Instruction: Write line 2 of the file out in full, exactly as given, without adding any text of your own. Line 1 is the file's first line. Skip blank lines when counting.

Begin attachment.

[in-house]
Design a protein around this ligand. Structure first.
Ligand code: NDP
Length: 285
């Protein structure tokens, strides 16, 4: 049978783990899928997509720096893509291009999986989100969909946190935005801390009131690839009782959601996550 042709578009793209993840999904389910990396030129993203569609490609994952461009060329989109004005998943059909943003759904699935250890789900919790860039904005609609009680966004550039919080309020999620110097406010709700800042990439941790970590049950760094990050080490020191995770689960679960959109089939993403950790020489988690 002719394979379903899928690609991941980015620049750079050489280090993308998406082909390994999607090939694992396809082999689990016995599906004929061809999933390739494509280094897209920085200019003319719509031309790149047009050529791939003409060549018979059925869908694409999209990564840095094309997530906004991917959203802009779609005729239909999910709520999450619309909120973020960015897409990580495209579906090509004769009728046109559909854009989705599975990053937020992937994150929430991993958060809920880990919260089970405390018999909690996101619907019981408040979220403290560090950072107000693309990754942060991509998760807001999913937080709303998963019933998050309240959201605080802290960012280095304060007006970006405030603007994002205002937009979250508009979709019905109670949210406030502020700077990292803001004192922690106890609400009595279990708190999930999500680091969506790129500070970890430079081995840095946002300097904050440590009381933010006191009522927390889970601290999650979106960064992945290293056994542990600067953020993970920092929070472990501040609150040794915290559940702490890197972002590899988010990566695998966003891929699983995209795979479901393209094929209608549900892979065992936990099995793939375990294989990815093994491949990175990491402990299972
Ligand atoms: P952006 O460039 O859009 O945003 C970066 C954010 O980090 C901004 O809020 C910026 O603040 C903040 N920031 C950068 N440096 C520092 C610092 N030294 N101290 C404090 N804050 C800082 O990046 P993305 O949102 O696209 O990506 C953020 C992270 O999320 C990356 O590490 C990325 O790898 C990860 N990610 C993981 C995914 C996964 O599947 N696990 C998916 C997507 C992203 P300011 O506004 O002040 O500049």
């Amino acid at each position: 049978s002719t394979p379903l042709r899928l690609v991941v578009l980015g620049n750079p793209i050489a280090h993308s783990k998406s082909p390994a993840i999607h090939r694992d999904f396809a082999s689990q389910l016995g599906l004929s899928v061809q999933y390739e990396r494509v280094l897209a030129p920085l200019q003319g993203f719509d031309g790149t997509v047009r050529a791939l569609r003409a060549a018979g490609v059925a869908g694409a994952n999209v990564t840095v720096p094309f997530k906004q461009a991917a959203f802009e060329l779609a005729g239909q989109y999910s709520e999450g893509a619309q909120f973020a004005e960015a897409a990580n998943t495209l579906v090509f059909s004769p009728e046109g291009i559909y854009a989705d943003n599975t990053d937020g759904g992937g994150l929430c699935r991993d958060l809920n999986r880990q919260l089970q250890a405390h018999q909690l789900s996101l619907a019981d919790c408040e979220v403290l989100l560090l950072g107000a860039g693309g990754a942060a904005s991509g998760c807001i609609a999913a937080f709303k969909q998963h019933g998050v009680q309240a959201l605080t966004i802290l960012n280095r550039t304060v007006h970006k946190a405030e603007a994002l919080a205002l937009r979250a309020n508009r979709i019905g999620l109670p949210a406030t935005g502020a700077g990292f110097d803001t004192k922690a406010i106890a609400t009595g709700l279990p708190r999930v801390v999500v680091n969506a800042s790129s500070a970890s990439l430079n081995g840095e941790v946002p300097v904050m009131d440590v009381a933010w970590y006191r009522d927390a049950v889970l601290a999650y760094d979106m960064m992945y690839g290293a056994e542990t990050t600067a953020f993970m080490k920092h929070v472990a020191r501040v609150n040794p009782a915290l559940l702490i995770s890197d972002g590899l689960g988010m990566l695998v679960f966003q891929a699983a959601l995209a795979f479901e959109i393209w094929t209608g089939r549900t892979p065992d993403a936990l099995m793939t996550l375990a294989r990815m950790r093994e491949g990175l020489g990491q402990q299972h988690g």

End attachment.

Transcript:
Design a protein around this ligand. Structure first.